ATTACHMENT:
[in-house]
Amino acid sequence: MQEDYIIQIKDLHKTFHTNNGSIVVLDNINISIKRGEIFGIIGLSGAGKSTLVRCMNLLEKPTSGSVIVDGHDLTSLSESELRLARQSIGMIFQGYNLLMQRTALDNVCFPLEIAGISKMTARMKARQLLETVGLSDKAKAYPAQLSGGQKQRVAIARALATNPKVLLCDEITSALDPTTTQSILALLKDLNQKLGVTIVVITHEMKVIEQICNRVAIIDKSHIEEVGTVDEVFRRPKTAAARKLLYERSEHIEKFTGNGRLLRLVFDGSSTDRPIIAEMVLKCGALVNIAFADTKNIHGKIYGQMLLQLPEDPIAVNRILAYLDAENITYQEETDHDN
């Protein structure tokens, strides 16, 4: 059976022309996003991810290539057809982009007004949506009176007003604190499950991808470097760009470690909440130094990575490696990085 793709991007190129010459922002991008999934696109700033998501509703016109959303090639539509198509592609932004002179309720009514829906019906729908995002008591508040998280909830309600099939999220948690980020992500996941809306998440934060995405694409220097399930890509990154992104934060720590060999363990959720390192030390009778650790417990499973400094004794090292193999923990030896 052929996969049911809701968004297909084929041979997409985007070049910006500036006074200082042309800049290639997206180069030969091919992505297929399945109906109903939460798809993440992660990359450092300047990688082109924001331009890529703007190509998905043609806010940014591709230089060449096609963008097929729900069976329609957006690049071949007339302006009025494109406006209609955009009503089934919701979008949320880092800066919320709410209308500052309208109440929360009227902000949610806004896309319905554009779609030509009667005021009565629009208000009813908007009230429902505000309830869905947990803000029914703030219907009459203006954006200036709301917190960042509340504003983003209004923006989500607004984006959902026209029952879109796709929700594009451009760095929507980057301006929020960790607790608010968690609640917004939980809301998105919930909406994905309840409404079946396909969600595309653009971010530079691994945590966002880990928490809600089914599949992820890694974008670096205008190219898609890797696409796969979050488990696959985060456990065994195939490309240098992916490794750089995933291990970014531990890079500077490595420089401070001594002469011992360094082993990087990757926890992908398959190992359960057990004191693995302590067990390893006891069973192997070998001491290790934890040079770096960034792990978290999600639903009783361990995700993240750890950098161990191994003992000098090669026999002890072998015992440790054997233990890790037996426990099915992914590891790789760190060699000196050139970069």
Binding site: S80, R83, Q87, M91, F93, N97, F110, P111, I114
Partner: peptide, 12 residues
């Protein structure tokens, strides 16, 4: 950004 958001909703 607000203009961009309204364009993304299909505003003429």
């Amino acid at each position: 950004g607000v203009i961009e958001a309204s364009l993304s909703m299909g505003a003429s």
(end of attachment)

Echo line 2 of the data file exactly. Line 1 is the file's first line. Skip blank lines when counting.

Amino acid sequence: MQEDYIIQIKDLHKTFHTNNGSIVVLDNINISIKRGEIFGIIGLSGAGKSTLVRCMNLLEKPTSGSVIVDGHDLTSLSESELRLARQSIGMIFQGYNLLMQRTALDNVCFPLEIAGISKMTARMKARQLLETVGLSDKAKAYPAQLSGGQKQRVAIARALATNPKVLLCDEITSALDPTTTQSILALLKDLNQKLGVTIVVITHEMKVIEQICNRVAIIDKSHIEEVGTVDEVFRRPKTAAARKLLYERSEHIEKFTGNGRLLRLVFDGSSTDRPIIAEMVLKCGALVNIAFADTKNIHGKIYGQMLLQLPEDPIAVNRILAYLDAENITYQEETDHDN